"Coyote On The Move"

10:25 p.m. on February 23, 2013 (EST)
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The tell tail signs of a coyote track, 1-The front claws are not trimmed.
2-No human tracks around. 3-The tracks are in-line with each other
and not staggered like a domestic dog.

http://dwayne-oakes.artistwebsites.com/

Take care,

Dwayne Oakes


g-co.jpg

7:08 p.m. on February 24, 2013 (EST)
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cool picture.

6:42 a.m. on February 25, 2013 (EST)
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Trailjester said:

cool picture.

Thank you very much !

Take care,

Dwayne Oakes

1:33 p.m. on February 25, 2013 (EST)
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So are you a photographer by trade as I note you post images here quite often?  I am a adventure traveler (by bicycle) 30 years now and shoot a lot of pictures. I have posted many trip reports here at Trailspace.

Nice shot BTW!

10:53 p.m. on February 25, 2013 (EST)
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We had a small pack of coyotes barking/yipping/howling near our camp over the weekend. Tons of tracks all over the trails in the snow.

10:00 a.m. on February 26, 2013 (EST)
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Hi Gary,

Nice to meet you ! Very cool about the bike adventure interest.

That's correct I have been doing photography since age 11 it is

"calling" of sorts and post here regularly.

Take care,

Dwayne Oakes

10:01 a.m. on February 26, 2013 (EST)
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PL-Reef said:

We had a small pack of coyotes barking/yipping/howling near our camp over the weekend. Tons of tracks all over the trails in the snow.

 That is awesome !


Take care,

Dwayne Oakes

3:03 p.m. on February 26, 2013 (EST)
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It was really cool. As we were hiking in after dark we stopped for a quick break and that's when we heard them first. Sounded like at least 6 to 10 of them yipping and howling out in front of us a few hundred yards. Shortly after as we were hiking, my dog (Shiloh Sheppard) went nuts and into protective mode and was yanking on the leash and was growling like mad. It took him a few minutes to calm down. After about 20 minutes we arrived at a suitable camp spot. Then they started yipping and howling again but now they were behind us and again Toby Dog was going nuts. Whining and his hair was standing up straight on his back. They seemed to settle down after that and we didn't hear from then again. Though their paw prints were all over the trail the next day. It was a really neat experience. Nature at it's finest.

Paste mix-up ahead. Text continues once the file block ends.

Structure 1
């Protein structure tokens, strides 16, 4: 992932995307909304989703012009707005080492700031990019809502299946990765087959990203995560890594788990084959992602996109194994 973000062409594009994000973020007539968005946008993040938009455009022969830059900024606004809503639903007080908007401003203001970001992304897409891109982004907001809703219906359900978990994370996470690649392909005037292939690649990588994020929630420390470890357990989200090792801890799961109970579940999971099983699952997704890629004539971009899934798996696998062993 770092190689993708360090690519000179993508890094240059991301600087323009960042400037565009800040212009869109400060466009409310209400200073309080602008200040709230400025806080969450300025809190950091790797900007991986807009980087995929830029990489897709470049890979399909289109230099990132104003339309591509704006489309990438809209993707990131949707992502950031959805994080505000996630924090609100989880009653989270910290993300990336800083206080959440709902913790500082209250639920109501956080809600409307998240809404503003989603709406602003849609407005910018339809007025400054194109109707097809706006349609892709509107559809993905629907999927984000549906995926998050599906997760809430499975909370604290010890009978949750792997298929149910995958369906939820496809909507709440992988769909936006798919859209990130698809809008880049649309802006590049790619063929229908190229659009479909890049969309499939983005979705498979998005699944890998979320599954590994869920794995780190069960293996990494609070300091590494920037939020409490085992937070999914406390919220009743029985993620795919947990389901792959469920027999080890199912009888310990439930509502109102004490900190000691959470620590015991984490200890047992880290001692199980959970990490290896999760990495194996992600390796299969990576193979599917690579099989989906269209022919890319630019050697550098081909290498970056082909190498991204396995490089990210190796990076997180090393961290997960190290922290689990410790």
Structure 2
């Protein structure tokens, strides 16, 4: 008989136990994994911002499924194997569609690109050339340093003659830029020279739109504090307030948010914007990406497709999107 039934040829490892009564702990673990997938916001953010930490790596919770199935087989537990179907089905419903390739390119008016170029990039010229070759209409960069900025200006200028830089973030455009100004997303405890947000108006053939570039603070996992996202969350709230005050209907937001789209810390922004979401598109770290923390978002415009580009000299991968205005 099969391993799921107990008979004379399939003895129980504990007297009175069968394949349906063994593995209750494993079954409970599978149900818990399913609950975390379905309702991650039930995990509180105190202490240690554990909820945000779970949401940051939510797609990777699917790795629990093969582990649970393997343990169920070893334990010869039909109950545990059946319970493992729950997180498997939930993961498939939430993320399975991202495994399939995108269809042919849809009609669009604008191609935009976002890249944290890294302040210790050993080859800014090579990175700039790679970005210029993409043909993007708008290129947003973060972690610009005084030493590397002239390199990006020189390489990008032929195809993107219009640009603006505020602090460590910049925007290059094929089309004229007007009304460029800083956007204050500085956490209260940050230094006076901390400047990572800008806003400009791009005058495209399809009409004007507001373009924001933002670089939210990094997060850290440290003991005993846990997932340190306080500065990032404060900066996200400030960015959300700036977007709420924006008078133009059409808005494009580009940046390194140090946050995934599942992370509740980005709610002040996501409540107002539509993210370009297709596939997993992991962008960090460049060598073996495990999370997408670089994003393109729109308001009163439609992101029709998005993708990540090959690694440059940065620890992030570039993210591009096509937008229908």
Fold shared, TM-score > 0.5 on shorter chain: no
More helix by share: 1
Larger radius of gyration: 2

6:44 p.m. on February 26, 2013 (EST)
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Yeah those coyotes were a neat experience. We always hear them, but rarely are they that close

8:42 p.m. on February 26, 2013 (EST)
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I live in southern nh, and coyotes are everywhere. They have become a serious problem for anybody with livestock or outdoor pets. I hear them almost every night, I live across the street from 120k acres of land owned by cold river materials, it is undeveloped and a great place to hike and camp. Sometimes there are several groups of coyotes yippin and yappin at once. My kids had a few chickens and ducks, but I gave them away, because the coyotes were after them on a regular basis. Three nights ago they were so loud and close I was watching out the window, several ran across the field in front of my house after my neighbors barn cat, he made it home ok. Nh fish and game says a large percentage have some dig in them, which lessens their fear of humans. That is why there are so many more sightings in my area, ive seen one on my front porch, and tracks in my yard on a regular basis. Every time I camp across the street, they circle my camp, sometimes for hours. I have had to stop taking my dogs camping in this area, my dogs would fight them, and lose. They are the main reason I carry a gun in the woods.

10:23 p.m. on February 28, 2013 (EST)
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That's nuts! In CT we tend to have more of an issue with them in the suburbs on the shoreline. For the most part they tend to tear into peoples trash cans but every now and then we'll hear that they got some one's cat or small dog.

The worst problem I've ever seen with coyote's was in Fort Irwin CA at the N.T.C. They would actually go into soldiers shelter halves and steal opened MREs bags. They we common sight at all hours of the day and night there. They really had some balls getting that close to people and grabbing a bite to eat.

9:20 p.m. on March 1, 2013 (EST)
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Great stories of this highly intelligent animal !

6:07 p.m. on March 2, 2013 (EST)
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I have heard of coyotes hunting in packs and interbreeding with wolves. we don't have any of those problems here in socal, but maybe in future...

12:36 p.m. on March 3, 2013 (EST)
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I built a fence to keep the coyotes out of my yard.  Yesterday my neighbor showed me the tracks in his yard, where a bobcat had killed a rabbit and carefully covered up the remains.

6:49 p.m. on March 4, 2013 (EST)
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we have a big dog to keep the coyotes out of our yard. so far buddy has been very effective, but that could change if the coyotes out here develop group hunting tactics.

7:05 p.m. on March 4, 2013 (EST)
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We have then where I live. Last year there was a squalor because they were seen taking a small lapdog a woman had on a leash and they took the leash too. This in day light, and with a human present. Pretty bold yotes.

There are 2 main colors here a silver color and a gold color. These run 80 to 100 pounds.

10:47 a.m. on March 5, 2013 (EST)